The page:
CARL: One of your specialties is humor. What kind of market is there for humor science fiction?

RICHARD: A funny thing happens when you add “humorous” as a story style requirement to a science fiction market search on The Submission Grinder. Your list of potential markets drops to about a tenth of what it was. That said, there are soft SF, space opera-type publications that are open to light, humorous short stories. I do write some serious science fiction, and I believe it is easier to sell, but humor is my comfort zone. A big change in the genre from the 1950’s and 60’s is rigor in scientific details. It’s difficult to write something funny if you load up the story with hard science, however. I enjoy reading hard SF, but as I say in my Critters bio, “I like to write character-driven stories. If the science is driving, I usually hit a tree.” Ultimately, if I can, I’d prefer to add to the world’s supply of laughs rather than increase its angst.


CARL: What explanations do editors give you when they accept humor stories?

RICHARD: It varies. Some praise the humor, some don’t even mention it. It’s not uncommon for me to receive something as bland as, “Thank you for submitting such and such. We’d like to accept it.” Fortunately, my joy at being accepted overcomes blandness every time.


CARL: What explanations do editors give you when they reject humor stories?

RICHARD: I like to have fun with the classics. Being a teacher trying to get students to read anything written over twenty years ago, it’s essential to have fun. One editor who has bought two of my serious stories rejected out of hand a humorous take I wrote on a Greek myth. I understand it’s a balancing act. On the one hand you need a certain amount of period realism; on the other you have to accept that a certain amount of modern sensibility is going to creep in. One editor could say, “This is funny!” while another will think, “This is stupid!” As I’m often told in Critters critiques, humor is personal. So I try not to take my rejections personally.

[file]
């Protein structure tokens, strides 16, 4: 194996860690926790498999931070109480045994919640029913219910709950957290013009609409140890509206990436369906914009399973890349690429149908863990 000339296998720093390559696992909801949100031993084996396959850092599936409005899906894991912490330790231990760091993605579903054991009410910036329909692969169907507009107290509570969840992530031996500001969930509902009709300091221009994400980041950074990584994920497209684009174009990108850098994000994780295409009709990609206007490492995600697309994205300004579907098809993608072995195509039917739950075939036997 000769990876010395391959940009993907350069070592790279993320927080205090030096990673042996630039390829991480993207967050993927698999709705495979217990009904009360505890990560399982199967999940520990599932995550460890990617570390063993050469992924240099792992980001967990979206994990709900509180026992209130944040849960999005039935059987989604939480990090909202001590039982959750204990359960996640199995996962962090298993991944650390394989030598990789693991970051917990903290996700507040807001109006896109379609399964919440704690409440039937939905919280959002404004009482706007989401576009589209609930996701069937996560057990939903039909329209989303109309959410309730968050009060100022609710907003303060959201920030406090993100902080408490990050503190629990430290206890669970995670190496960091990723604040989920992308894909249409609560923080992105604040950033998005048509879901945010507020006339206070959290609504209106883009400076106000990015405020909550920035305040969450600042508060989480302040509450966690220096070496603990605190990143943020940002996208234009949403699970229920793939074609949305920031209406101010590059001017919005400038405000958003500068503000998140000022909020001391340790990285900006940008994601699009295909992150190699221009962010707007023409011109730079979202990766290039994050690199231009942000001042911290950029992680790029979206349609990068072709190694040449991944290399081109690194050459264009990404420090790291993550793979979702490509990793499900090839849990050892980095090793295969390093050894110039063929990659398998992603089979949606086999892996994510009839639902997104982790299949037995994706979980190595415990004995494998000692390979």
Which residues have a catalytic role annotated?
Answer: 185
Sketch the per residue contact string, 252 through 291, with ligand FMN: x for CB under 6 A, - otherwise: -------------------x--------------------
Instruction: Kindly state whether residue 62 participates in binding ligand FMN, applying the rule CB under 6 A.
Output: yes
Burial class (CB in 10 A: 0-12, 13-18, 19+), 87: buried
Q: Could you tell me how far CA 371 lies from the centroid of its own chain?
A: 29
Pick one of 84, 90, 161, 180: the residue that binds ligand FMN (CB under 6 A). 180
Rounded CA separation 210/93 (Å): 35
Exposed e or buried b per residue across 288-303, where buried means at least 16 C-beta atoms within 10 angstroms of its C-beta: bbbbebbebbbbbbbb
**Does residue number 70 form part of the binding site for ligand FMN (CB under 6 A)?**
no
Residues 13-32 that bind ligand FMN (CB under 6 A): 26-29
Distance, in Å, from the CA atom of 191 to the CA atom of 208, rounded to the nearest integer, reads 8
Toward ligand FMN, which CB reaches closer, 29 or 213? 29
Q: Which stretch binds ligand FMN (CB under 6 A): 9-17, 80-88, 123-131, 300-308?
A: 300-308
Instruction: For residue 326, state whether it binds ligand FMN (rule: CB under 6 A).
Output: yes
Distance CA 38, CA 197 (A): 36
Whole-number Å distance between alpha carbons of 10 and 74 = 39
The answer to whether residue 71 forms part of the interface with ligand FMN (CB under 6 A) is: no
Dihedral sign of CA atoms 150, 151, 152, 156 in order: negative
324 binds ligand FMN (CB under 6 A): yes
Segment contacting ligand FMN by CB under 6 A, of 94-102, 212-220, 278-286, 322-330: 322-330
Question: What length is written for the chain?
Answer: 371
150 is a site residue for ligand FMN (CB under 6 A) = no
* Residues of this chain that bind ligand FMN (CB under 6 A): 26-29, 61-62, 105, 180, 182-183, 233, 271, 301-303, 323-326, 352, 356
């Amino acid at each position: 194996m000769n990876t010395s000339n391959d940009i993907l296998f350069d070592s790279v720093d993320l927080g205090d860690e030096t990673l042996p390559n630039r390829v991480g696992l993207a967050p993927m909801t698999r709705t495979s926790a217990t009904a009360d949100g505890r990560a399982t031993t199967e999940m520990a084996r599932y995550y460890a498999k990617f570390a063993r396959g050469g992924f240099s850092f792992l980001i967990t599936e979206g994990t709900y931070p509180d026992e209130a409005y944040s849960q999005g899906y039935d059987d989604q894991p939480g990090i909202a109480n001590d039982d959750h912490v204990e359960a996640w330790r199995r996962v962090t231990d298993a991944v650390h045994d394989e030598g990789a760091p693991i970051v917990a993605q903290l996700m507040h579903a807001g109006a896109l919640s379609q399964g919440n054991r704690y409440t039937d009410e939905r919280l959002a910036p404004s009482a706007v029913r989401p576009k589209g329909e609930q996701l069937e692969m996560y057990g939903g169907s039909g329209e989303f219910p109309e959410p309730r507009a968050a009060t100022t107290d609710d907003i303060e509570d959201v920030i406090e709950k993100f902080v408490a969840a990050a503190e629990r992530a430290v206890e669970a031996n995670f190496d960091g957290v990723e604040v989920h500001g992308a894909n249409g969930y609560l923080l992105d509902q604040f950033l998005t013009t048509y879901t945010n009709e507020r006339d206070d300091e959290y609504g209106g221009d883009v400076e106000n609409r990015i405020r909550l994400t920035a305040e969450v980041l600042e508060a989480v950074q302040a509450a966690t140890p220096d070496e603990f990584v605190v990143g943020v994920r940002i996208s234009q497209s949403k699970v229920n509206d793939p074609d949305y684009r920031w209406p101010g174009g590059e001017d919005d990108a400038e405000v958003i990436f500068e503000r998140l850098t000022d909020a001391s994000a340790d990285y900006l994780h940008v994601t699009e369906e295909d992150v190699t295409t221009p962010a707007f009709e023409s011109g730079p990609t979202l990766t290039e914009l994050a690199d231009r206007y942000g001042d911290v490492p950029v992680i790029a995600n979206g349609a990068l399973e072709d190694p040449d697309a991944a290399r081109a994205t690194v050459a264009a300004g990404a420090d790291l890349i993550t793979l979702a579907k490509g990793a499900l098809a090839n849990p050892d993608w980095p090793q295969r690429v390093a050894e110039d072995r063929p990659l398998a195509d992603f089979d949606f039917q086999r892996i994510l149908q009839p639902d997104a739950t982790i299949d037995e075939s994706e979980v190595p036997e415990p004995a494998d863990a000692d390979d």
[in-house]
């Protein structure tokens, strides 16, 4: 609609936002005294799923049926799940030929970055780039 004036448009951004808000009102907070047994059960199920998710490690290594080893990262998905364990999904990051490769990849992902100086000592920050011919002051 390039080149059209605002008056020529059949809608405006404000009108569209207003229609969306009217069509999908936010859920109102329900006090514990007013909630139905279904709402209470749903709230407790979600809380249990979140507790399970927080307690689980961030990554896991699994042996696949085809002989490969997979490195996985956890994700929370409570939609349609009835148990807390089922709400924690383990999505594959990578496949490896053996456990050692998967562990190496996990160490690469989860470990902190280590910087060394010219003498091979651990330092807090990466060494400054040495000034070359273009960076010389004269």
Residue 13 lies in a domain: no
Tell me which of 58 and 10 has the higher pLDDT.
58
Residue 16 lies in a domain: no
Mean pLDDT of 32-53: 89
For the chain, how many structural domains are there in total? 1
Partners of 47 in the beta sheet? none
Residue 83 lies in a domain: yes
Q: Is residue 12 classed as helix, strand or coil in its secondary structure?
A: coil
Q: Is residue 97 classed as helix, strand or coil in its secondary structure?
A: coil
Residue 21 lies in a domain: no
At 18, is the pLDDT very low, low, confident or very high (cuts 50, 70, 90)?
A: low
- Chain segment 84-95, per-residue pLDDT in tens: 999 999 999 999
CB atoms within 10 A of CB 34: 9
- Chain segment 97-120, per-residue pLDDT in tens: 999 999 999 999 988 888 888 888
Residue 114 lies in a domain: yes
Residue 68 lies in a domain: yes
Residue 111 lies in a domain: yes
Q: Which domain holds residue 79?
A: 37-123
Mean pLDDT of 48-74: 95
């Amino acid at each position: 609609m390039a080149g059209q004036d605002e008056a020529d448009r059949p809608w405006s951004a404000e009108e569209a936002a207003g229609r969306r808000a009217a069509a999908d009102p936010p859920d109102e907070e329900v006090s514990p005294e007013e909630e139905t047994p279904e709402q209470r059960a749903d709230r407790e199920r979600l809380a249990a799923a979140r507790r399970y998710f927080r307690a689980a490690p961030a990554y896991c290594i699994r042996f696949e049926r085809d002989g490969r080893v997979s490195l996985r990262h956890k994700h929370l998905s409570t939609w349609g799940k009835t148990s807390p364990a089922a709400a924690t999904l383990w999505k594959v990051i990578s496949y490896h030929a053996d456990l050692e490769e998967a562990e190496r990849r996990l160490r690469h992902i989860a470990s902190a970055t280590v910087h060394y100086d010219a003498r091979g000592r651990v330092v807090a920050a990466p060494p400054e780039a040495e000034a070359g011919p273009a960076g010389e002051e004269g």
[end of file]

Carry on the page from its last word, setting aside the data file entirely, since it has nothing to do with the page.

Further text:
CARL: Another of your specialties is detective. What kind of market is there for detective science fiction?

RICHARD: I believe cross-genre is in right now. I’ve never sold a story to a straight mystery magazine, but putting a murder mystery into a SF story makes them interested. Being an English teacher, I grew up reading a lot of The New Yorker-type literary fiction where a character remains lost until the end of the story, at which time he or she has some kind of understated realization. I still read that kind of stuff on occasion, but I now prefer a more active story. Mystery and science fiction stories provide more opportunities for that, and together, even more.


CARL: How much competition is there in the detective science fiction subgenre?

RICHARD: I don’t know. No detective science fiction writers have challenged me to a duel lately. My competition, and it’s stiff, is with the good science fiction and short story fantasy writers.


CARL: A lot of your detective stories are also humor stories. Surely someone who can blend 3 subgenres has few rivals.

RICHARD: Few readers either, but maybe this will help.


Carl_eagleCarl Slaughter is a man of the world. For the last decade, he has traveled the globe as an ESL teacher in 17 countries on 3 continents, collecting souvenir paintings from China, Korea, Thailand, Vietnam, and Egypt, as well as dresses from Egypt, and masks from Kenya, along the way. He spends a ridiculous amount of time and an alarming amount of money in bookstores. He has a large ESL book review website, an exhaustive FAQ about teaching English in China, and a collection of 75 English language newspapers from 15 countries.